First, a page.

Waiting and Hoping and Listening
A Note From The Pastor
“The beginning of the gospel of Jesus Christ, the Son of God. As it is
written in Isaiah the prophet, “Behold, I send my messenger
before thy face, who shall prepare thy way; the voice of one
crying in the wilderness; Prepare the way of the Lord,
make his paths straight--” (Mark 1:1-3)
This is Year B in the Lectionary. That means that we’ll have a chance to hear and read passages from the Gospel of Mark for our Gospel readings all year. But, during Advent there are only two passages that we read.
That’s because Mark (or John either) didn’t start their narratives with the birth of Jesus. Mark begins the story with John the Baptist and then jumps immediately into the ministry of Christ.
Each year during Advent we have one Sunday that focuses on John’s message of the coming ministry of the Christ. And his message was always the same: there is one coming after me whose message will be important—so wait for him and listen to him.
That’s what Advent is supposed to be about. We are to wait for the coming of Jesus our Christ and then listen to him.
I love the music and the pageantry. I love the excitement of the season. But the really important thing about Christ’s coming is the message that He brought to us. And that message can be summed up in one word – love.
Christ came because God loved the whole world. Christ loved us so much that He gave himself for us. Christ continues to love us and comfort and support us and even intervene for us with our God.
So, Advent is about waiting and hoping and listening. This month as we journey through Advent, let’s remember John and do just that: wait and hope and listen. And then the joy of Christmas will burst upon us and help us grow in love.
A Note From The Pastor
“Celebrate the Feast of Tabernacles for seven days
after you have gathered the produce of your
threshing floor……Be joyful at your Feast.”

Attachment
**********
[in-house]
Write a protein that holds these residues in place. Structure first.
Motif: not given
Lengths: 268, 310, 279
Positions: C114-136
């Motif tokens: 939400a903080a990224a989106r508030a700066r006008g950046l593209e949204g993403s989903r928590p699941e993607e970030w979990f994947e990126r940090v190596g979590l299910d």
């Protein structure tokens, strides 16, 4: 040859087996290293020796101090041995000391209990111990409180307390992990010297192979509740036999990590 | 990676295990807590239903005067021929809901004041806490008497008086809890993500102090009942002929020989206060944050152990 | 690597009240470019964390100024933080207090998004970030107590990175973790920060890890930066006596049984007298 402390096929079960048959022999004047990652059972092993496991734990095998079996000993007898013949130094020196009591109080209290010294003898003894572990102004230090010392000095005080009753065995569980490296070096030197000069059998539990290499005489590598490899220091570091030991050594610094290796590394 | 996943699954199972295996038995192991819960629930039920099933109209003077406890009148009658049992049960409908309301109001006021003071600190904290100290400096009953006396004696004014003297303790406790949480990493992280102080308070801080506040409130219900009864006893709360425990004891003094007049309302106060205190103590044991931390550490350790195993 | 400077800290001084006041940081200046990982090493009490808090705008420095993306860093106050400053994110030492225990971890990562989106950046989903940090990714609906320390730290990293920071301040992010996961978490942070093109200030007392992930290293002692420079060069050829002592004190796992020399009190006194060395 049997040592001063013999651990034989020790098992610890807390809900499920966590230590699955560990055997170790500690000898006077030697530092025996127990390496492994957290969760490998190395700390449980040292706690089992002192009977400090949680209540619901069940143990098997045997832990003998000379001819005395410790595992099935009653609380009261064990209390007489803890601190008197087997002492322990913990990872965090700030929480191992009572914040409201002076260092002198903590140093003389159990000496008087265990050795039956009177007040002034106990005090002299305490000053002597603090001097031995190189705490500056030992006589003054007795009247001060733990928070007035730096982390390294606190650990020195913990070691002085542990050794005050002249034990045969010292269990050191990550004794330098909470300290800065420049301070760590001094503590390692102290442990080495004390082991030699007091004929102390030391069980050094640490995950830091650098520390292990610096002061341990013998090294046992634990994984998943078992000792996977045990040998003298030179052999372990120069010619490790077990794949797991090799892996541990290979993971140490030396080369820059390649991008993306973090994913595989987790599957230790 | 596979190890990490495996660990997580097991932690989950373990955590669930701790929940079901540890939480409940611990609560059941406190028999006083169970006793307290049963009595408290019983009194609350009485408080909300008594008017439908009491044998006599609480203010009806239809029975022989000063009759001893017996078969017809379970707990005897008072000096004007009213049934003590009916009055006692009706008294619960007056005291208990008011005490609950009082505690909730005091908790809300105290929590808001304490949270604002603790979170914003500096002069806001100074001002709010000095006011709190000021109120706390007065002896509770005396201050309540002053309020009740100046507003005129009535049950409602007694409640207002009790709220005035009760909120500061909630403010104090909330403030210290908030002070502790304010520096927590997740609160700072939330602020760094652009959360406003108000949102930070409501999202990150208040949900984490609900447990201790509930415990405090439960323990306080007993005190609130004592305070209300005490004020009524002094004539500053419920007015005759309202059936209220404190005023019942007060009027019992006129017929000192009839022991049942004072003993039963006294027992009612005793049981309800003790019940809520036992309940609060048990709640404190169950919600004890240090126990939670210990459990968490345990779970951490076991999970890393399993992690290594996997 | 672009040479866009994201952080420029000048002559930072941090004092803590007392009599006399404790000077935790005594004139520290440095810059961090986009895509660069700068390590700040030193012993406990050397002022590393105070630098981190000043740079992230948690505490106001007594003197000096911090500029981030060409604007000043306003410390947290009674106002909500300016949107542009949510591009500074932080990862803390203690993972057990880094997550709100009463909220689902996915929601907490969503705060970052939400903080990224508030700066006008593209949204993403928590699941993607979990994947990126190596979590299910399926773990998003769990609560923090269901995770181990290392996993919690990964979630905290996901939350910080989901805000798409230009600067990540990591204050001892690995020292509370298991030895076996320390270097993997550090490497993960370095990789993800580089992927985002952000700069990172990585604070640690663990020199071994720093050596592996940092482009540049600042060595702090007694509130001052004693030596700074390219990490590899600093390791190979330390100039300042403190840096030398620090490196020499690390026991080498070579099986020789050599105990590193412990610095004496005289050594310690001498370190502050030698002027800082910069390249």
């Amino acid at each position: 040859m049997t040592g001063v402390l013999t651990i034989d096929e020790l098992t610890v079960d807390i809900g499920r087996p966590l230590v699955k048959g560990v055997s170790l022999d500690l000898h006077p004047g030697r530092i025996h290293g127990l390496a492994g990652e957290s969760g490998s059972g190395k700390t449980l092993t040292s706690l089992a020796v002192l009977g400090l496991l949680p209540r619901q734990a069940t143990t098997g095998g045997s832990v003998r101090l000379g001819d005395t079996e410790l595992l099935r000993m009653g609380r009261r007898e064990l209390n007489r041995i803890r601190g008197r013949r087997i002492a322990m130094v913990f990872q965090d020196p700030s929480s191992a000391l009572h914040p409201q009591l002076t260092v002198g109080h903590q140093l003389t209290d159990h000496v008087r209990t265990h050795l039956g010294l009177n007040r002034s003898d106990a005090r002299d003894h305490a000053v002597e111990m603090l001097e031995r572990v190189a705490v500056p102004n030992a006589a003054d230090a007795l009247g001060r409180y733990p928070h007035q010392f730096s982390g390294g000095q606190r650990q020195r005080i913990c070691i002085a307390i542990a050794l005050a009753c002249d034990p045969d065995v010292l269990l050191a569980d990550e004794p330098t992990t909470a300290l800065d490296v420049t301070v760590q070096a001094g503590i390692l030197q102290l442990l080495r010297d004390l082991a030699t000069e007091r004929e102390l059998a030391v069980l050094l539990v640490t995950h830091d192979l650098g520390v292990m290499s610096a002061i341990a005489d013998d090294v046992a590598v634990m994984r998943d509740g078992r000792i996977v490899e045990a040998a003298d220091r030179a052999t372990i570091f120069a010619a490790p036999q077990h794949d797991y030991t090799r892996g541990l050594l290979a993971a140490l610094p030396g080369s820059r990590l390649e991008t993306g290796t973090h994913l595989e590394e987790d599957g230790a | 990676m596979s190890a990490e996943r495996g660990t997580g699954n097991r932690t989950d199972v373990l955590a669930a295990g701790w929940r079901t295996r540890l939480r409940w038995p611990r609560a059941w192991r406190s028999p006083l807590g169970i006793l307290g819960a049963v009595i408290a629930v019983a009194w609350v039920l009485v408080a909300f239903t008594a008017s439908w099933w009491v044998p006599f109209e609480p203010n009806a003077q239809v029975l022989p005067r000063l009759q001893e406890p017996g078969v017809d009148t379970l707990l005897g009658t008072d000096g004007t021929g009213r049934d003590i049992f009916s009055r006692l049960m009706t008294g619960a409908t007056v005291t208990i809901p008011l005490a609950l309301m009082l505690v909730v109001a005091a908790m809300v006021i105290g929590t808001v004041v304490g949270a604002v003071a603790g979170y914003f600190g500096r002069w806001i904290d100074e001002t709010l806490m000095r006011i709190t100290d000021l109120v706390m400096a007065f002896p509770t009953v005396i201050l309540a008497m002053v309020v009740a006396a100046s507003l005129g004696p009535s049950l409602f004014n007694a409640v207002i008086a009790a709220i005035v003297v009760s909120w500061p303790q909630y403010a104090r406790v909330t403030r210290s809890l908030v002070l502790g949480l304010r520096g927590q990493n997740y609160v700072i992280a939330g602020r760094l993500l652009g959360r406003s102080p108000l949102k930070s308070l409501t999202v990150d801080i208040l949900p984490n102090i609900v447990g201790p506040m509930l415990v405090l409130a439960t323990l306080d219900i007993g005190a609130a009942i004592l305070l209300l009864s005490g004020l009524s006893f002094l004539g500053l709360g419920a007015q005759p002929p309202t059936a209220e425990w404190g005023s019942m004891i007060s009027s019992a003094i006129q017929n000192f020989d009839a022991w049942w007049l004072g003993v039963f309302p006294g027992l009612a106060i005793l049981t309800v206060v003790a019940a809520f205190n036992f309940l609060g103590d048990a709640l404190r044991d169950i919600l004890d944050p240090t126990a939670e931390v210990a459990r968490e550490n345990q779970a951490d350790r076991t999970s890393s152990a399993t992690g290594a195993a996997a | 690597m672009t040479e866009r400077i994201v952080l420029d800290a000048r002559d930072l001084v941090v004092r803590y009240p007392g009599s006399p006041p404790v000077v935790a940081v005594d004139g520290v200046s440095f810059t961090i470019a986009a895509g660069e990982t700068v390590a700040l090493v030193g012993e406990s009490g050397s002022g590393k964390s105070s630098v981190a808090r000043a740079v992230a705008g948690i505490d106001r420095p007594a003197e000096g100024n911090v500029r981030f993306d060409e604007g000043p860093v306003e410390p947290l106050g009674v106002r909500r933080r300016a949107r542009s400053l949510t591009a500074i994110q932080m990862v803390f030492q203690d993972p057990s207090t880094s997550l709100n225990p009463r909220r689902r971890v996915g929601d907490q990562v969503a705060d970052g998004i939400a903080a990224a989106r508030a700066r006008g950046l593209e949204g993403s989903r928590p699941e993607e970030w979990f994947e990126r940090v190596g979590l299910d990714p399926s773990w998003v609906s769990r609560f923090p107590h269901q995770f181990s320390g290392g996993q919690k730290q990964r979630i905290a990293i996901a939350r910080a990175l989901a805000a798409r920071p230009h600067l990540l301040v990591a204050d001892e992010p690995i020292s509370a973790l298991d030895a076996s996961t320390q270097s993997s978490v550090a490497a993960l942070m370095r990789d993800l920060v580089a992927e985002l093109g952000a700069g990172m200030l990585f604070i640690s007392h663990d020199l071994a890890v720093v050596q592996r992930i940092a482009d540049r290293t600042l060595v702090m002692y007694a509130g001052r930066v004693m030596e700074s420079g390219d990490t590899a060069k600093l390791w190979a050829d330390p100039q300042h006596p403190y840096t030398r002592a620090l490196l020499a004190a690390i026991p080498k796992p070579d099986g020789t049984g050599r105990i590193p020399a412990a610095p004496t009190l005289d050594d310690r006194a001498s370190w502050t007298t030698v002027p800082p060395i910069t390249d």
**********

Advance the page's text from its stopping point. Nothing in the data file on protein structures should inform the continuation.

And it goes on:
Sometimes we think we came up with ideas in our time. Thanksgiving has been a national holiday here in the United States since the 17th century. But, at nearly the same time, Canada established a holiday for giving thanks. (It’s celebrated in October.)
The Netherlands and Liberia are among other countries that celebrate days of Thanksgiving as national holidays. During the Reformation in Henry the VIII’s reign, there were days established by the church for giving thanks.
But we can go even farther back! Our Judeo-Christian heritage has times of celebration that are recorded in the laws. The Feast of Tabernacles or Sukkot is one that is a time of giving thanks to God for the harvest. And it’s been around for a long time.
We need to give thanks. It is a part of our faith heritage. It helps us to focus on the goodness of God. And our ancestors in faith understood that.
We need to give thanks to God. God has been with us in the past, is with us now, and will be with us in the future. And we need to give thanks for that!
So, as we celebrate the holiday here this month, let’s remember that we need to give thanks. It’s even a part of our laws of faith!
(By the way, our children have decorated a Sukka in their Sunday School classroom. If you haven’t seen it yet, you might want to go down the hall and take a look.)